“Queer love reconfigures the way you move through the world when, at last, you are touched softly, gently and with such tenderness”
by MERCY FERRARS W. DEIRDRE OLSEN
Deidre Olsen is a queer award-nominated Canadian writer, journalist and editor. A gifted writer of both non-fiction and fiction, Deidre’s work has been featured in publications such as The Cut, Vice, Refinery29, Now Magazine and Fashion Magazine to name a few. Deidre’s social media reads like a beautiful love letter to lesbianism, and their personal work reflects their eventful life—from a case of sexual violence in Deidre’s childhood to marrying their platonic partner. Ferrars & Fields talks to Deidre about queer love and its part in the process of healing from sexual trauma.
FF: Deidre, your Twitter and Instagram read like a love letter to loving women. Encapsulating the spectrum from platonic marriage to healing relationships, what did it take to craft this life?
Deidre: For so long, I quantified my self-worth by the amount of attention boys and men paid to me. Growing up with compulsive heterosexuality, I was deluded into thinking I was straight and should appease their appetites, no matter the consequences.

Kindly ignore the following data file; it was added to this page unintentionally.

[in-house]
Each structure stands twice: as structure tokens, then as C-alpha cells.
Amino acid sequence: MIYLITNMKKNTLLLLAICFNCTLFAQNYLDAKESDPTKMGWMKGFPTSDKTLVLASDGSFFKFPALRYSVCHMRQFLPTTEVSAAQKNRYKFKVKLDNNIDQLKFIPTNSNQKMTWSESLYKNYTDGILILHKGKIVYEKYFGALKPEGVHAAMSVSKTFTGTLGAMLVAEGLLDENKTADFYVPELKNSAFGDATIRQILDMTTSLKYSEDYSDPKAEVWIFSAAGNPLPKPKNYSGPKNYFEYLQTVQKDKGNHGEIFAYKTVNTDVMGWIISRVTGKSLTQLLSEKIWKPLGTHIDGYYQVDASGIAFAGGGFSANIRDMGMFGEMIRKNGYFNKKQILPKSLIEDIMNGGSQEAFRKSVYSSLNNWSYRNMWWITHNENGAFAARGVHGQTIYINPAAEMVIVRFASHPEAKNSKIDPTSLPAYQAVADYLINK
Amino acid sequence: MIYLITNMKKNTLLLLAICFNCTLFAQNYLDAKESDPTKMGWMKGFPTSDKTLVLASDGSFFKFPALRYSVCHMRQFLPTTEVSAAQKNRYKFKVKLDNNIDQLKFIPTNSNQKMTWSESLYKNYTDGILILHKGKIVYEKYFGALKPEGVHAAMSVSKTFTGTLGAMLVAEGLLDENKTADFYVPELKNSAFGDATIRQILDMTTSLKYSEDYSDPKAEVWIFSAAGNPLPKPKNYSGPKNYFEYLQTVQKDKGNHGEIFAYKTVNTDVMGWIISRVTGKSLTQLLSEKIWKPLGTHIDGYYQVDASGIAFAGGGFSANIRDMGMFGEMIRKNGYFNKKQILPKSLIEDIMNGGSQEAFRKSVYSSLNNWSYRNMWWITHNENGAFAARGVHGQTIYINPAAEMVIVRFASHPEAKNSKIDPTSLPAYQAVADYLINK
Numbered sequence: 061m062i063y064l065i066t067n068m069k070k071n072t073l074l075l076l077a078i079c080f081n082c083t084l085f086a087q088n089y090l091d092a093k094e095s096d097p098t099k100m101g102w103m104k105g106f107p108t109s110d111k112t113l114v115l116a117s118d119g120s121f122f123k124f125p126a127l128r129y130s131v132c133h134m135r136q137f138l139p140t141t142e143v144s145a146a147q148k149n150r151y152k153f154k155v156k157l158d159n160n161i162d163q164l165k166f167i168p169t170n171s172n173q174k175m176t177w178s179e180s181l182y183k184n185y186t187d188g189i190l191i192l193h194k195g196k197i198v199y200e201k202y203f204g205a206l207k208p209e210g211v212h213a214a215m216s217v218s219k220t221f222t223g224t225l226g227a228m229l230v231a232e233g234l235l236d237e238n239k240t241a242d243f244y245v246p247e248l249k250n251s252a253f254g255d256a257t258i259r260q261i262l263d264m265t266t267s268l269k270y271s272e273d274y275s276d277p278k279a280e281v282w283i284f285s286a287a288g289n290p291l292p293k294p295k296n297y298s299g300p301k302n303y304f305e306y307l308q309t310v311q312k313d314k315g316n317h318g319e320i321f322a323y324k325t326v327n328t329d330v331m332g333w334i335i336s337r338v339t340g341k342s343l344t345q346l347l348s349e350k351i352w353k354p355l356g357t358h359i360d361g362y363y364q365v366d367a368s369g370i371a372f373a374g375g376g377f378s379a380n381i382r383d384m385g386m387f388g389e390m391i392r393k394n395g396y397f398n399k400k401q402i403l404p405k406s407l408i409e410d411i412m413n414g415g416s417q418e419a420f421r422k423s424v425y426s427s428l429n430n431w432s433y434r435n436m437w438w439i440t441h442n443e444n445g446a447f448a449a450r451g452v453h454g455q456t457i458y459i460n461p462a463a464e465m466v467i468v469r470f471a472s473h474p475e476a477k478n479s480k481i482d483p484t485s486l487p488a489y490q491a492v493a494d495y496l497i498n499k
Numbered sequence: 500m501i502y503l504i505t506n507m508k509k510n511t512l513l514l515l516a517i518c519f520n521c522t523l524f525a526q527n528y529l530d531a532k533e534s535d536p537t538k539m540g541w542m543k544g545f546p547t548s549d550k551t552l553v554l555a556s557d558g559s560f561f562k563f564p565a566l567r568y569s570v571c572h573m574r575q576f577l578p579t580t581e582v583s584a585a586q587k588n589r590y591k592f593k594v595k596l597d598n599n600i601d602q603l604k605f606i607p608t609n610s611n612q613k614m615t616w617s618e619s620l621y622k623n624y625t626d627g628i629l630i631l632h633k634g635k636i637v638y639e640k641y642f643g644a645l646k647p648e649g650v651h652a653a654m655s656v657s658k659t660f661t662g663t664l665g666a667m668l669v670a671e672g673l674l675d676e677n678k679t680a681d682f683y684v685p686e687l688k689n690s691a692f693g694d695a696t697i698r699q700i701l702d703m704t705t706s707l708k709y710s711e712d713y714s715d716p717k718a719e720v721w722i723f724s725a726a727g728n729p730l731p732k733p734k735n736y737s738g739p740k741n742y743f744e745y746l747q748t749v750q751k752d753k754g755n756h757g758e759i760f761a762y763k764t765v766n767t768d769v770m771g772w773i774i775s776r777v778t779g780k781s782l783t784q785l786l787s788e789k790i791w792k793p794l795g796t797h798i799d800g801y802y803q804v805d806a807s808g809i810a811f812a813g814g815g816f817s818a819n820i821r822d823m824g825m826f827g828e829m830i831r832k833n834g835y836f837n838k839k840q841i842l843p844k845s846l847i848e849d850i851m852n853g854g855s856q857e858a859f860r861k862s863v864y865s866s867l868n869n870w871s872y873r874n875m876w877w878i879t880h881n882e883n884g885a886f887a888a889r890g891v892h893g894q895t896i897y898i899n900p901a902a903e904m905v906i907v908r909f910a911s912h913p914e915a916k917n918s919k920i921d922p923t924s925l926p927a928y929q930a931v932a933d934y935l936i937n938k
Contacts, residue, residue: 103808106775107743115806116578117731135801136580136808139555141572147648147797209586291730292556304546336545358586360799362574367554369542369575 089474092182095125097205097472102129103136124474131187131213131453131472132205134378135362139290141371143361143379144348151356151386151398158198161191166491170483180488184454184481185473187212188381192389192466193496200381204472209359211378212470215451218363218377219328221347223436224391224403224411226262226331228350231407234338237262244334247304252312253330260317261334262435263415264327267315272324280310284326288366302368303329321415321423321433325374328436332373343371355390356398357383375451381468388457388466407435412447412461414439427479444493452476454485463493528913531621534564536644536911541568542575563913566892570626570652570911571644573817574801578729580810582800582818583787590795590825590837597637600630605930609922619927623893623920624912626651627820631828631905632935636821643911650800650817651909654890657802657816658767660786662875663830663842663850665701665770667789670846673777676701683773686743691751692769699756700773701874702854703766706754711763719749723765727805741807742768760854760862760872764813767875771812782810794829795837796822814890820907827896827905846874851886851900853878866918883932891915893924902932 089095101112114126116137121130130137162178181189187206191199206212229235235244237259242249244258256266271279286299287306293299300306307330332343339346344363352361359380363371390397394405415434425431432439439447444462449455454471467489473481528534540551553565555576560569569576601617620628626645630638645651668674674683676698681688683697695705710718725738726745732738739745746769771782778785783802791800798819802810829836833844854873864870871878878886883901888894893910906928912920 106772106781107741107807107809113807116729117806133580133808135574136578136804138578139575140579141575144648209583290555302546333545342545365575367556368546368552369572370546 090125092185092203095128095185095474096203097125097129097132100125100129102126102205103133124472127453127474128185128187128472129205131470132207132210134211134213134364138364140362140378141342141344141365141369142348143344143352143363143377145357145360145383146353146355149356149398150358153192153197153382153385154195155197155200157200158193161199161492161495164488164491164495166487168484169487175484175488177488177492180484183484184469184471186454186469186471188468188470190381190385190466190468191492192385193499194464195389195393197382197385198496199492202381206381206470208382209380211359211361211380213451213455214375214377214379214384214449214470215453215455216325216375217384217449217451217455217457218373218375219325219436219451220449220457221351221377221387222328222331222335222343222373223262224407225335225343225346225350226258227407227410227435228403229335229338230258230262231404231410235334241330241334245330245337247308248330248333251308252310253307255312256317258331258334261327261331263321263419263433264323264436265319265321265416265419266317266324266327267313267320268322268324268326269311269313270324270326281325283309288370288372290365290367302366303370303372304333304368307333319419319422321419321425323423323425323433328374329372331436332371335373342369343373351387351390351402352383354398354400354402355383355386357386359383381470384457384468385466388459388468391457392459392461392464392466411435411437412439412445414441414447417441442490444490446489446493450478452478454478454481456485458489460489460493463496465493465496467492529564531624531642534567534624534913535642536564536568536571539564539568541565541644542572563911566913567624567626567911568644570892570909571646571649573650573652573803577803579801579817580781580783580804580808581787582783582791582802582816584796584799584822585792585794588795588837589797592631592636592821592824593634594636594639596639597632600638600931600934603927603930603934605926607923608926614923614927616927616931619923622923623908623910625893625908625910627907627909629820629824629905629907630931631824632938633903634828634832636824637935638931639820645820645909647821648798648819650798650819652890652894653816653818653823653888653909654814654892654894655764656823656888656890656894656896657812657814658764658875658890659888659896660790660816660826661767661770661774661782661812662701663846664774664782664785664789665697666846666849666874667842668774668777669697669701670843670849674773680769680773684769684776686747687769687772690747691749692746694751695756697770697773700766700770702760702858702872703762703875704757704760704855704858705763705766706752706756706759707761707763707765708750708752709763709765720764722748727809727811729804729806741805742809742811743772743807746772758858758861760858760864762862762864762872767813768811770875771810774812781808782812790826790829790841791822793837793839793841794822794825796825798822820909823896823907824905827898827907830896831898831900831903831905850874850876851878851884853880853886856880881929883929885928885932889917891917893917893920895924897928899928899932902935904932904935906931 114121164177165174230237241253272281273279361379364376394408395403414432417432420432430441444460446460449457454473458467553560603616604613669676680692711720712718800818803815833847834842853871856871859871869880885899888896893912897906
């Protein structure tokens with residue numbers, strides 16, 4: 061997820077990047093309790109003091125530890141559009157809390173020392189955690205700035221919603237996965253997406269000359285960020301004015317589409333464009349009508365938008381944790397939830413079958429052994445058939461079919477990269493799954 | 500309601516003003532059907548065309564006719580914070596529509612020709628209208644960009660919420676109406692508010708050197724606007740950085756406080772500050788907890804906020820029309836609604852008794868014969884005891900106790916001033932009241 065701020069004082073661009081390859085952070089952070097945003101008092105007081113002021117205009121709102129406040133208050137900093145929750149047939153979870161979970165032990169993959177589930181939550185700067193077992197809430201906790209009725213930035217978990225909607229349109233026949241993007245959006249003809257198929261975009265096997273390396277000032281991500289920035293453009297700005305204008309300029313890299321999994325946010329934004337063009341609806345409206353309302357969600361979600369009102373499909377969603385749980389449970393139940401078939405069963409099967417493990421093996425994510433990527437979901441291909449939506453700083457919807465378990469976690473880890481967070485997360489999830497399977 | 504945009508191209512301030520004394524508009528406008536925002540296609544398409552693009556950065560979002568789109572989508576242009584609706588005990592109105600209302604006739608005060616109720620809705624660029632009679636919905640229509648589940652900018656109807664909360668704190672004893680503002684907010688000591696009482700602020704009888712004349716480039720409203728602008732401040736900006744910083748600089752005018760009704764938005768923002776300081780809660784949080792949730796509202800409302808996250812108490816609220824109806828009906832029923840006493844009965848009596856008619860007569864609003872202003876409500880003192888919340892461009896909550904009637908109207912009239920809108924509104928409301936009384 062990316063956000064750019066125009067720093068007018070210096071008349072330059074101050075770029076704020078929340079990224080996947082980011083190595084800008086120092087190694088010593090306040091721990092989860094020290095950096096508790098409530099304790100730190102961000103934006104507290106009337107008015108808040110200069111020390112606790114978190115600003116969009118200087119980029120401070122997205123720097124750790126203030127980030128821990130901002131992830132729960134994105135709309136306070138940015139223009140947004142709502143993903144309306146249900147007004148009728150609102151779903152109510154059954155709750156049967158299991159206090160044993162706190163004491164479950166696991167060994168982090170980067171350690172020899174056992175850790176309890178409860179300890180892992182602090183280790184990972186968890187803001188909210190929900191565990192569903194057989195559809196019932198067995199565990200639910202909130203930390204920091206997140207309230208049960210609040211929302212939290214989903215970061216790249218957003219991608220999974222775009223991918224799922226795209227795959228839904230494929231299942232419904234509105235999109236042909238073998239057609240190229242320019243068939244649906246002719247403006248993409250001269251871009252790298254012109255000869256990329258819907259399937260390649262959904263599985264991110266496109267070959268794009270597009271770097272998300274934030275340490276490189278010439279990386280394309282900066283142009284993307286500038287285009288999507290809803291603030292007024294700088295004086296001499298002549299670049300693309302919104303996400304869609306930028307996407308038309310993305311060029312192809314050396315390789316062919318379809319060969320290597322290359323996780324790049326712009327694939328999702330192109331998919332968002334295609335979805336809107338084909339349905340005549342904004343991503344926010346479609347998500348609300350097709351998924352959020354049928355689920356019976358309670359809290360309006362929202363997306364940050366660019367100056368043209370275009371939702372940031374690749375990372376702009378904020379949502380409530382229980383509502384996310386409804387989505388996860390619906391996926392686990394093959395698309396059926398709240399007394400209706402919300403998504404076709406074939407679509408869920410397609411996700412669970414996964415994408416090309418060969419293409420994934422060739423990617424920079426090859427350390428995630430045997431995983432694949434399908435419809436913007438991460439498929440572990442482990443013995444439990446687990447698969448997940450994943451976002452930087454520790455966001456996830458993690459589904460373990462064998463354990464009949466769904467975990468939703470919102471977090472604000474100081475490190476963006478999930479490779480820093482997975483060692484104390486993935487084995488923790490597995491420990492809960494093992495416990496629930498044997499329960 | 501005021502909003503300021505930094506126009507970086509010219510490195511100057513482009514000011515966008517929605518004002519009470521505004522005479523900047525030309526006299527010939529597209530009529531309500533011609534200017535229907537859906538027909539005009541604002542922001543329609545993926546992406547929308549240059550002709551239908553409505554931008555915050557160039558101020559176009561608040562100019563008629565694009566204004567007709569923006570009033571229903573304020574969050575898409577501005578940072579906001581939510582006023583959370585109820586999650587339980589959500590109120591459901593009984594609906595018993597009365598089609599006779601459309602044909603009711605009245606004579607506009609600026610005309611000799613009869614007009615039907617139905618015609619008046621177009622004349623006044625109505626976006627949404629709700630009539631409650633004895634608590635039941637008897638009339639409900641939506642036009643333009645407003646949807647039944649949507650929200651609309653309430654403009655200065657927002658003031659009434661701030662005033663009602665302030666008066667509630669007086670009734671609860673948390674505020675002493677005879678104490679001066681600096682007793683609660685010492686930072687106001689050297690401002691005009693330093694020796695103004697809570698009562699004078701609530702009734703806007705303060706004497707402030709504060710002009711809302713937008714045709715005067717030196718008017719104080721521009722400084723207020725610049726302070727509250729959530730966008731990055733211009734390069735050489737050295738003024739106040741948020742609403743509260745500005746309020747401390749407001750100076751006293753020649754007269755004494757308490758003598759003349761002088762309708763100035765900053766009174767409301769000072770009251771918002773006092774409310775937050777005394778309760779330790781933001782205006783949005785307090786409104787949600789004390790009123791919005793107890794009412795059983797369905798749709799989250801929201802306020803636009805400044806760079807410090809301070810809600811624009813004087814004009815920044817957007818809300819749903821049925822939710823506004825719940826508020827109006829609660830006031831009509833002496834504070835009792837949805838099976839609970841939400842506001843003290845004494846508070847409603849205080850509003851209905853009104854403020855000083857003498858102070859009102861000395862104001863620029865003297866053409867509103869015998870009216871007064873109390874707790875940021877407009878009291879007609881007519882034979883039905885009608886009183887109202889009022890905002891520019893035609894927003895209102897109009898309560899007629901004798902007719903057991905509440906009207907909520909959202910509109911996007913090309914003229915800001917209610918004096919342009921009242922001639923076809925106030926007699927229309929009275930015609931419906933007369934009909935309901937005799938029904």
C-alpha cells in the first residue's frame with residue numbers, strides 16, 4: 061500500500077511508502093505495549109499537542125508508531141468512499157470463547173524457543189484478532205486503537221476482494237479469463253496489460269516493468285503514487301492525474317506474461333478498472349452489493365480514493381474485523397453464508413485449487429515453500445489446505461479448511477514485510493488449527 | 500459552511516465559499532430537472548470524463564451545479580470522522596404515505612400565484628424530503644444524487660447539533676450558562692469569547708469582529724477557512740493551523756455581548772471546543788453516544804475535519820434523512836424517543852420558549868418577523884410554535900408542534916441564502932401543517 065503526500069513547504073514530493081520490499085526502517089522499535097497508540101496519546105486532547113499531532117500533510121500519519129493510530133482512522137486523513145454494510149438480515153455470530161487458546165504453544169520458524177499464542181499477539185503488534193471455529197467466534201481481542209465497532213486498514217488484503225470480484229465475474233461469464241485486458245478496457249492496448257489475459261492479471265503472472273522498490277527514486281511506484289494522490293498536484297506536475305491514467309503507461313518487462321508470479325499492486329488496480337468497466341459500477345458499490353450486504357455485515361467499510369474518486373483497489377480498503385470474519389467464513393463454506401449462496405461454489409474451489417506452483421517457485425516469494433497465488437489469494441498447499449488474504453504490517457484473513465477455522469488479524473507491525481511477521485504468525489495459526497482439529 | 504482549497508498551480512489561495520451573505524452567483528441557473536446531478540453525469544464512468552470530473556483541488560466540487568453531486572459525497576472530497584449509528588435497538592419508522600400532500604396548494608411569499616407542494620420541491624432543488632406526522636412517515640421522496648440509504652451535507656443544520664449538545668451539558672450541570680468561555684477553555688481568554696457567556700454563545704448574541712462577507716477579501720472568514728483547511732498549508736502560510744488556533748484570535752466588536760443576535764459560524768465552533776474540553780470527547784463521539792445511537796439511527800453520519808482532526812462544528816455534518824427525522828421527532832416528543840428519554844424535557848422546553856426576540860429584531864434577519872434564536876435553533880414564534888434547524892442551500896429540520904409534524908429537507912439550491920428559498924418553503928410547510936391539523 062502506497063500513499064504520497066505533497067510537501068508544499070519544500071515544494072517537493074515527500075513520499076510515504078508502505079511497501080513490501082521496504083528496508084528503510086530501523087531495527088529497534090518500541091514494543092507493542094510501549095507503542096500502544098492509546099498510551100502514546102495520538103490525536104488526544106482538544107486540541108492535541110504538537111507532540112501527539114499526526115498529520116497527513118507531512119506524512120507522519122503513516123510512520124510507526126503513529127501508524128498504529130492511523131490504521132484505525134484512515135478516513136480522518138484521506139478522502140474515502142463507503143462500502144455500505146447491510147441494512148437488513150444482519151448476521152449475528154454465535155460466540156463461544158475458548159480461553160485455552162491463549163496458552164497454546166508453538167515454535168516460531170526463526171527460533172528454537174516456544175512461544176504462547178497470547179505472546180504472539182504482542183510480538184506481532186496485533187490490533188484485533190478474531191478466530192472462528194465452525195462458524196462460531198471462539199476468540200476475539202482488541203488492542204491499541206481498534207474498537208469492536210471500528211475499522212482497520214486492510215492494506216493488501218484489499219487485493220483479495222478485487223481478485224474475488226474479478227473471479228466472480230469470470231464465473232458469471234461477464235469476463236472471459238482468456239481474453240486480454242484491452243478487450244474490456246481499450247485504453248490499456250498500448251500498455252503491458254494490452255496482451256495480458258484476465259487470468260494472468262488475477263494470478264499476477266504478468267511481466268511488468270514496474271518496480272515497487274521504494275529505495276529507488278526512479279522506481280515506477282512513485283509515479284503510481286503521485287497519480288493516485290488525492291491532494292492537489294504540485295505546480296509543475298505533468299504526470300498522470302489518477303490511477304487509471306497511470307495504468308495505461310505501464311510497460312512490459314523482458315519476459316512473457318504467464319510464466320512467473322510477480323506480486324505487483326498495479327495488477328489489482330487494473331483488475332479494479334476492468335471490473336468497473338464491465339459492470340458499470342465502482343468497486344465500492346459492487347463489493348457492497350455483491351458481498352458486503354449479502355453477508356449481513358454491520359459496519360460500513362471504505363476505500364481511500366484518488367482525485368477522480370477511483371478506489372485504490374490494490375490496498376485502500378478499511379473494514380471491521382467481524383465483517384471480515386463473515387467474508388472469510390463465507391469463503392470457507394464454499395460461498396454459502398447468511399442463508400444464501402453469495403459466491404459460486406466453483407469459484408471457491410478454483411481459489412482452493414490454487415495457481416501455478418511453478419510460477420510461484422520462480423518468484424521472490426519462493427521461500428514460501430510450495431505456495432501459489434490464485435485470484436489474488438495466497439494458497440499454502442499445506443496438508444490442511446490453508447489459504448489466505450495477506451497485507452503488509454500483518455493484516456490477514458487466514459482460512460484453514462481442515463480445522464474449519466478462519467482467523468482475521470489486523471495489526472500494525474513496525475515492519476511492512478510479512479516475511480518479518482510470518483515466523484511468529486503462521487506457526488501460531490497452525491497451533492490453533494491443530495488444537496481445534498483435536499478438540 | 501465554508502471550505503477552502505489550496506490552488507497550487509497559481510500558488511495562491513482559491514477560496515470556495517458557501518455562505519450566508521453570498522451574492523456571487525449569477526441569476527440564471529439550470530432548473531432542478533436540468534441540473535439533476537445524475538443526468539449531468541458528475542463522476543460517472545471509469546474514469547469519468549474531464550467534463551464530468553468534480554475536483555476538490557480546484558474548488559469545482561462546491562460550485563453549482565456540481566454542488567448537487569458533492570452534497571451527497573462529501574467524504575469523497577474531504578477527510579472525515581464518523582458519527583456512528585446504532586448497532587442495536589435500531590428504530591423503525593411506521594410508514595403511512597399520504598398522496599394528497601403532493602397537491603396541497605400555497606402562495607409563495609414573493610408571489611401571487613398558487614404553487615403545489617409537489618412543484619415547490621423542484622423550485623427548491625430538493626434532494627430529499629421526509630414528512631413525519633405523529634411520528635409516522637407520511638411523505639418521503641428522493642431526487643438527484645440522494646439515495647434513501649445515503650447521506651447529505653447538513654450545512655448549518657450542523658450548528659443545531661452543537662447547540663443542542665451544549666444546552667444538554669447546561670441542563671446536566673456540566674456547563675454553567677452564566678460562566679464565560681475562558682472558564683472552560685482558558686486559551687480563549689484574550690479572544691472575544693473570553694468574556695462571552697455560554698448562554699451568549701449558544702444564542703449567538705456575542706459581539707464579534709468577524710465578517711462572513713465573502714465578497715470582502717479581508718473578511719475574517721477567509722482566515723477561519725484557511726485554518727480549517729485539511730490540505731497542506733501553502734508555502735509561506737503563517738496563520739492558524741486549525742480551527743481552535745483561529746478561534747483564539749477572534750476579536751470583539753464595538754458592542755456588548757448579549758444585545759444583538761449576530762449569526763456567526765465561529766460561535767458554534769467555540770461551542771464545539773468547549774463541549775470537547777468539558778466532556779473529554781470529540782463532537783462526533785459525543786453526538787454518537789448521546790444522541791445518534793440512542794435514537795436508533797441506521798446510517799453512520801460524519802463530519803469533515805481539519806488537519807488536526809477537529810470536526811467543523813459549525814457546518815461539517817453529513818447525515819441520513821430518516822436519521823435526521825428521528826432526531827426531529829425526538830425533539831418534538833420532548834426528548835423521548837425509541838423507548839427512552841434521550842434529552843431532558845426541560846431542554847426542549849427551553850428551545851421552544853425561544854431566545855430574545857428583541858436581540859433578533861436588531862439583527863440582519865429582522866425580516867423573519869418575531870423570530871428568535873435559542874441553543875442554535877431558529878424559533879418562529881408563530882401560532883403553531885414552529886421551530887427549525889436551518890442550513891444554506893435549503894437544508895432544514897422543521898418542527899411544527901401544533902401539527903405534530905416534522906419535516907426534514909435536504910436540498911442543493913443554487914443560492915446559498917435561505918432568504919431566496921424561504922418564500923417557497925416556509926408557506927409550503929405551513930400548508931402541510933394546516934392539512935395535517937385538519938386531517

At age 18, a girl’s arm brushed against mine in yearbook class. Shocks reverberated through my body. I returned to that moment over and over again, eventually realizing I am gay. For ten years, I have openly and unapologetically loved women. All the while, the journey to loving myself was far more tumultuous.
I have experienced harassment for holding women’s hands in public. Once, while walking down Vancouver’s Commercial Drive with my first girlfriend, a strange man appeared out of nowhere and draped his arm around our shoulders. “I would love to join you two wherever you’re headed.” I was shocked. On another occasion, as we left a queer night club, one that had been overrun with straight people, a group of large men encircled us, attempting to usher us into their cab. I was horrified. Other times, while in public spaces enjoying myself with a woman, I have been asked to join threesomes.
As a lesbian, your love of women is under constant attack. Men cannot conceive of desire that does not center them, especially the kind that expressly excludes them. These said experiences have been traumatizing. There have been moments when I have been afraid to enjoy public displays of affection. But the more I have stood my ground, the bolder and more unbothered I have become.